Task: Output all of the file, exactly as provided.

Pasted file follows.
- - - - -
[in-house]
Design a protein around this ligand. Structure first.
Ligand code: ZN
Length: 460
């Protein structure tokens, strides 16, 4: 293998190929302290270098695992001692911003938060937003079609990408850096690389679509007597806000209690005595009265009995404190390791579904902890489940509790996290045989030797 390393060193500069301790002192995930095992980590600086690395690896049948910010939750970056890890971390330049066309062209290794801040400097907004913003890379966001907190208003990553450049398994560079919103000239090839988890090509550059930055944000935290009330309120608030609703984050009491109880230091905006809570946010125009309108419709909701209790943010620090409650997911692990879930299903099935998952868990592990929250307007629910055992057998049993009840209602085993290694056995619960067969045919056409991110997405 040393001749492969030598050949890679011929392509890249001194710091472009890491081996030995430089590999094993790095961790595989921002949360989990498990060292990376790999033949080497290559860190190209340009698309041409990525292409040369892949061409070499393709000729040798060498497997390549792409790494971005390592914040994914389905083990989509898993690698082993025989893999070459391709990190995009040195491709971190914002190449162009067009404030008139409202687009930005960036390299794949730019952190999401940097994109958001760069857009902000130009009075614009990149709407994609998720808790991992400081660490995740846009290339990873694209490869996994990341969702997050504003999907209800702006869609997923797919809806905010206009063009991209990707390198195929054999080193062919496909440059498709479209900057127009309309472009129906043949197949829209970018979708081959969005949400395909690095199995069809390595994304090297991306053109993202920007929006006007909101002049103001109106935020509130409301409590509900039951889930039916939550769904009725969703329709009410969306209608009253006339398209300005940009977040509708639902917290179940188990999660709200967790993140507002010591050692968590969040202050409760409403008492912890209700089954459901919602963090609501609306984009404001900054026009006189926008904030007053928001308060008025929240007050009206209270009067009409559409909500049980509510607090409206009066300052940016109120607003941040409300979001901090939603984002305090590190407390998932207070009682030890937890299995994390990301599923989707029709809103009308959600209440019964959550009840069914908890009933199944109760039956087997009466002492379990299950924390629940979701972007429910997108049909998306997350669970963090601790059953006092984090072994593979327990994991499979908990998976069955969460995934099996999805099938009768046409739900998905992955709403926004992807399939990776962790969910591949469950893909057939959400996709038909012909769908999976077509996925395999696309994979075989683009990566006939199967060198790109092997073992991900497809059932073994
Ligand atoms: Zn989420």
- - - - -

[in-house]
Design a protein around this ligand. Structure first.
Ligand code: ZN
Length: 460
């Protein structure tokens, strides 16, 4: 293998190929302290270098695992001692911003938060937003079609990408850096690389679509007597806000209690005595009265009995404190390791579904902890489940509790996290045989030797 390393060193500069301790002192995930095992980590600086690395690896049948910010939750970056890890971390330049066309062209290794801040400097907004913003890379966001907190208003990553450049398994560079919103000239090839988890090509550059930055944000935290009330309120608030609703984050009491109880230091905006809570946010125009309108419709909701209790943010620090409650997911692990879930299903099935998952868990592990929250307007629910055992057998049993009840209602085993290694056995619960067969045919056409991110997405 040393001749492969030598050949890679011929392509890249001194710091472009890491081996030995430089590999094993790095961790595989921002949360989990498990060292990376790999033949080497290559860190190209340009698309041409990525292409040369892949061409070499393709000729040798060498497997390549792409790494971005390592914040994914389905083990989509898993690698082993025989893999070459391709990190995009040195491709971190914002190449162009067009404030008139409202687009930005960036390299794949730019952190999401940097994109958001760069857009902000130009009075614009990149709407994609998720808790991992400081660490995740846009290339990873694209490869996994990341969702997050504003999907209800702006869609997923797919809806905010206009063009991209990707390198195929054999080193062919496909440059498709479209900057127009309309472009129906043949197949829209970018979708081959969005949400395909690095199995069809390595994304090297991306053109993202920007929006006007909101002049103001109106935020509130409301409590509900039951889930039916939550769904009725969703329709009410969306209608009253006339398209300005940009977040509708639902917290179940188990999660709200967790993140507002010591050692968590969040202050409760409403008492912890209700089954459901919602963090609501609306984009404001900054026009006189926008904030007053928001308060008025929240007050009206209270009067009409559409909500049980509510607090409206009066300052940016109120607003941040409300979001901090939603984002305090590190407390998932207070009682030890937890299995994390990301599923989707029709809103009308959600209440019964959550009840069914908890009933199944109760039956087997009466002492379990299950924390629940979701972007429910997108049909998306997350669970963090601790059953006092984090072994593979327990994991499979908990998976069955969460995934099996999805099938009768046409739900998905992955709403926004992807399939990776962790969910591949469950893909057939959400996709038909012909769908999976077509996925395999696309994979075989683009990566006939199967060198790109092997073992991900497809059932073994
Ligand atoms: Zn989420």